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A long-lost film noir gets a second look




Actor David Wayne (left) and producer Harold Nebenzal during production of the 1951 film
Actor David Wayne (left) and producer Harold Nebenzal during production of the 1951 film "M," which was shot in downtown Los Angeles.
Photo courtesy of Jim Dawson
Actor David Wayne (left) and producer Harold Nebenzal during production of the 1951 film
Harold Nebenzel was the associate producer on the 1951 English-language version of the German classic, "M." The remake was never released in the U.S. because of alleged Communist ties.
Gideon Brower
Actor David Wayne (left) and producer Harold Nebenzal during production of the 1951 film
David Wayne in "M."
Photo courtesy of Nathan Marsak
Actor David Wayne (left) and producer Harold Nebenzal during production of the 1951 film
A lobby card from the 1951 English-language remake of the German classic, "M."


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A classic film noir that was abruptly shelved during the Red Scare of the 1950s is finally finding an audience, thanks to the efforts of its 93-year-old associate producer.

Harold Nebenzal worked on “M,” a 1951 American remake of director Fritz Lang’s classic 1931 German Expressionist thriller. Nebenzal's father, Seymour, produced both the original and the remake, which was shot partly in the Bradbury Building in downtown Los Angeles and on Bunker Hill.

Peter Lorre starred in the original film, as a child-killer driven by uncontrollable compulsions and hunted both by the police and the criminal underworld. David Wayne played the part in the remake. Nebenzal says the film's prospects looked good, until picketers gathered outside an early press screening.

“When we came out at the end, there was the American Legion with placards saying 'Communist picture,'” Nebenzal says. “They objected to [director] Joe Losey and they objected to the screenwriter and they objected to most of the cast.”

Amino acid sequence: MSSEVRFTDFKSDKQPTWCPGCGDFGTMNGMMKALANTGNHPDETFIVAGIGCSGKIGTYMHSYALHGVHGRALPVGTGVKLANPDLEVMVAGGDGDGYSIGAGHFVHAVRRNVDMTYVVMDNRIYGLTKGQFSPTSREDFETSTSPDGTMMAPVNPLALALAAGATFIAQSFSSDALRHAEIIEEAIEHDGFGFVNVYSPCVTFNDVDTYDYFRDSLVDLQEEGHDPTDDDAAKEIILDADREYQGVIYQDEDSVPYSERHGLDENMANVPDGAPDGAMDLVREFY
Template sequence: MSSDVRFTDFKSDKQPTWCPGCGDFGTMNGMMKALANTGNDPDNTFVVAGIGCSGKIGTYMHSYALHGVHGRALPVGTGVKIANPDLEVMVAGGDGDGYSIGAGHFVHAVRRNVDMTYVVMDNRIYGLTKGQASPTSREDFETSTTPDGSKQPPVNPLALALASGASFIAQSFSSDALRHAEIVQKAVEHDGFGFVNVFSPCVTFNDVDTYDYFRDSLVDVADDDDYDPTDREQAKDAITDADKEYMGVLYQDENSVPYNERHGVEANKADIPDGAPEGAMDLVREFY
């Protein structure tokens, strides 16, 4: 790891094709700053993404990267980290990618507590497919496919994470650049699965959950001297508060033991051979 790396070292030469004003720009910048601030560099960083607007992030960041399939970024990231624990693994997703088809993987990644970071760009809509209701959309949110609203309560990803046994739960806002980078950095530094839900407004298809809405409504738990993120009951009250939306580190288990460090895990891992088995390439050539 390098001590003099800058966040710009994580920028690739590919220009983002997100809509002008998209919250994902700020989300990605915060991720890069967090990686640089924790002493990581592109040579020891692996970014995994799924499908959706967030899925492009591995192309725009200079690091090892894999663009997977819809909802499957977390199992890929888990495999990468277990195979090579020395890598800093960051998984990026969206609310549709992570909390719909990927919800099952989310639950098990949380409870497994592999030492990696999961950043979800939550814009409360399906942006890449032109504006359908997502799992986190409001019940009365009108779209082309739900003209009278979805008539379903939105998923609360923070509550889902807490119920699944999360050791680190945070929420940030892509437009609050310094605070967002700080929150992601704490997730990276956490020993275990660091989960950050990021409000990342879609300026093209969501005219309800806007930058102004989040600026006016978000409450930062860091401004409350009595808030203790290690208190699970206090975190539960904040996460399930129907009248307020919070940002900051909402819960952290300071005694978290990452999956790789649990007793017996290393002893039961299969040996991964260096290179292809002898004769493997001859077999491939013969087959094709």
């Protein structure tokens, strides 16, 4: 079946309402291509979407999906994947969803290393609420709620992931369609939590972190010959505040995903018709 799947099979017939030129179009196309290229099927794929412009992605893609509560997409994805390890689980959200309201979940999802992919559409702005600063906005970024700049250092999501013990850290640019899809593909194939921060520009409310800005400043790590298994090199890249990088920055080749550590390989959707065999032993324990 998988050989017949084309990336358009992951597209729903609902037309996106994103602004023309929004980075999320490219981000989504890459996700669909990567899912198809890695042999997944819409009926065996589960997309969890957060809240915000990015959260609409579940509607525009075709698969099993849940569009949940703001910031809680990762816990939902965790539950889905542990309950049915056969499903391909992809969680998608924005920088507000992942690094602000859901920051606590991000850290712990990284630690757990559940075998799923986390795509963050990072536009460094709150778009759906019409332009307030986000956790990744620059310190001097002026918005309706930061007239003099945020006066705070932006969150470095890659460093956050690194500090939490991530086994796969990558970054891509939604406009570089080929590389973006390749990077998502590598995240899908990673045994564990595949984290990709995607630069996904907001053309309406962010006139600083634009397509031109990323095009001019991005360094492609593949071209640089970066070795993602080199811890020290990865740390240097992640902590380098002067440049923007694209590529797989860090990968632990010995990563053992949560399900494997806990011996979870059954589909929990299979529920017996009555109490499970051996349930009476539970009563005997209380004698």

Columbia, the studio that was distributing the film, folded under the pressure. Losey and screenwriter Waldo Salt were blacklisted, and American audiences never saw “M,” although the film was eventually released in Europe.

More than 60 years later, Nebenzal still seethes over the anti-Communist picketing of the movie: “I put in four-and-a-half years in the Marine Corps and 12 years in the Marine Corps reserve. And I saw those idiots with their signs, trying to speak for what is patriotic and what is American.”

Columbia’s decision to shelve the film “had a disastrous result on my father’s career,” Nebenzal adds. Seymour Nebenzal had produced dozens of films in Germany and France before fleeing the Nazis and starting over in Hollywood. After “M,” he worked on just one more film before his death in 1961.

Film historian Jim Dawson wrote about the 1951 version of “M” in his book, “Los Angeles’s Bunker Hill: Pulp Fiction’s Mean Streets and Film Noir’s Ground Zero!” He says the film offers great footage of mid-century L.A. and some remarkable performances, but it hasn’t been easy to find. “Up until a couple of years or so back, you couldn’t get a good copy," Dawson says. "For a time, the only one that existed was in the British Film Museum."

That changed recently, when Nebenzal learned the film was being pirated in France. He re-secured the copyright for the film, and made a pristine copy available. The response has amazed him.

“This chap in Paris took it into distribution over there,” he says. “And consequently we went to the Lyon Film Festival. And the picture is going to go into distribution. It’s going to go on Turner Film Classics. This thing is snowballing. It’s fantastic that there’s such interest.”

Harold Nebenzal will introduce a screening of the 1951 version of “M” at the Million Dollar Theatre on Nov. 5. Ticket sales support the Angels Flight Railway Foundation in its efforts to reopen the historic funicular railway on Bunker Hill.



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